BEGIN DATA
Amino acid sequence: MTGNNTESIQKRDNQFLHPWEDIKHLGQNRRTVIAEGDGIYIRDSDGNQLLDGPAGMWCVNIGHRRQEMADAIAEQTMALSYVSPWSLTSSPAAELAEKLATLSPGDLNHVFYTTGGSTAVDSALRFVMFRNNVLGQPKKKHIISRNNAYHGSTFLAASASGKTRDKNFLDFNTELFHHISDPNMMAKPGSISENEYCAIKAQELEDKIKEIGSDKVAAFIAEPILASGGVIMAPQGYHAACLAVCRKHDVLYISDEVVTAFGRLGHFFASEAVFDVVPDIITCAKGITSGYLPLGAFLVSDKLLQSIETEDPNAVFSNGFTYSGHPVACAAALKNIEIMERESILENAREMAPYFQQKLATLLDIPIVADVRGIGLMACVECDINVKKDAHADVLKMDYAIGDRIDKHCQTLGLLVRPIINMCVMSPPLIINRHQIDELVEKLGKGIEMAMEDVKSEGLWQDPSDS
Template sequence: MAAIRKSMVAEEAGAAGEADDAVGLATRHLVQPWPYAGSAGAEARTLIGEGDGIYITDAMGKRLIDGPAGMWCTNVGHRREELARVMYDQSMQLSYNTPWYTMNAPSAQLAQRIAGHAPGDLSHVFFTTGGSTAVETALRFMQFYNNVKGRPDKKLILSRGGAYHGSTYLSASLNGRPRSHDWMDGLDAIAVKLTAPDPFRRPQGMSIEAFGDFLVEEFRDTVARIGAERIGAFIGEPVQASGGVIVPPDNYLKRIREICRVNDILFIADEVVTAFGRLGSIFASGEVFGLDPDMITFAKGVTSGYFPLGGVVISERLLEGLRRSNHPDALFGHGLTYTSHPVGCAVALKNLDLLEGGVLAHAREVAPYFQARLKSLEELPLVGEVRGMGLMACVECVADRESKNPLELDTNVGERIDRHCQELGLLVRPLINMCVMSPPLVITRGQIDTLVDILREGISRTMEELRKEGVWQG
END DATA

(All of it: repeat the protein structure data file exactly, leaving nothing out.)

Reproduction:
Amino acid sequence: MTGNNTESIQKRDNQFLHPWEDIKHLGQNRRTVIAEGDGIYIRDSDGNQLLDGPAGMWCVNIGHRRQEMADAIAEQTMALSYVSPWSLTSSPAAELAEKLATLSPGDLNHVFYTTGGSTAVDSALRFVMFRNNVLGQPKKKHIISRNNAYHGSTFLAASASGKTRDKNFLDFNTELFHHISDPNMMAKPGSISENEYCAIKAQELEDKIKEIGSDKVAAFIAEPILASGGVIMAPQGYHAACLAVCRKHDVLYISDEVVTAFGRLGHFFASEAVFDVVPDIITCAKGITSGYLPLGAFLVSDKLLQSIETEDPNAVFSNGFTYSGHPVACAAALKNIEIMERESILENAREMAPYFQQKLATLLDIPIVADVRGIGLMACVECDINVKKDAHADVLKMDYAIGDRIDKHCQTLGLLVRPIINMCVMSPPLIINRHQIDELVEKLGKGIEMAMEDVKSEGLWQDPSDS
Template sequence: MAAIRKSMVAEEAGAAGEADDAVGLATRHLVQPWPYAGSAGAEARTLIGEGDGIYITDAMGKRLIDGPAGMWCTNVGHRREELARVMYDQSMQLSYNTPWYTMNAPSAQLAQRIAGHAPGDLSHVFFTTGGSTAVETALRFMQFYNNVKGRPDKKLILSRGGAYHGSTYLSASLNGRPRSHDWMDGLDAIAVKLTAPDPFRRPQGMSIEAFGDFLVEEFRDTVARIGAERIGAFIGEPVQASGGVIVPPDNYLKRIREICRVNDILFIADEVVTAFGRLGSIFASGEVFGLDPDMITFAKGVTSGYFPLGGVVISERLLEGLRRSNHPDALFGHGLTYTSHPVGCAVALKNLDLLEGGVLAHAREVAPYFQARLKSLEELPLVGEVRGMGLMACVECVADRESKNPLELDTNVGERIDRHCQELGLLVRPLINMCVMSPPLVITRGQIDTLVDILREGISRTMEELRKEGVWQG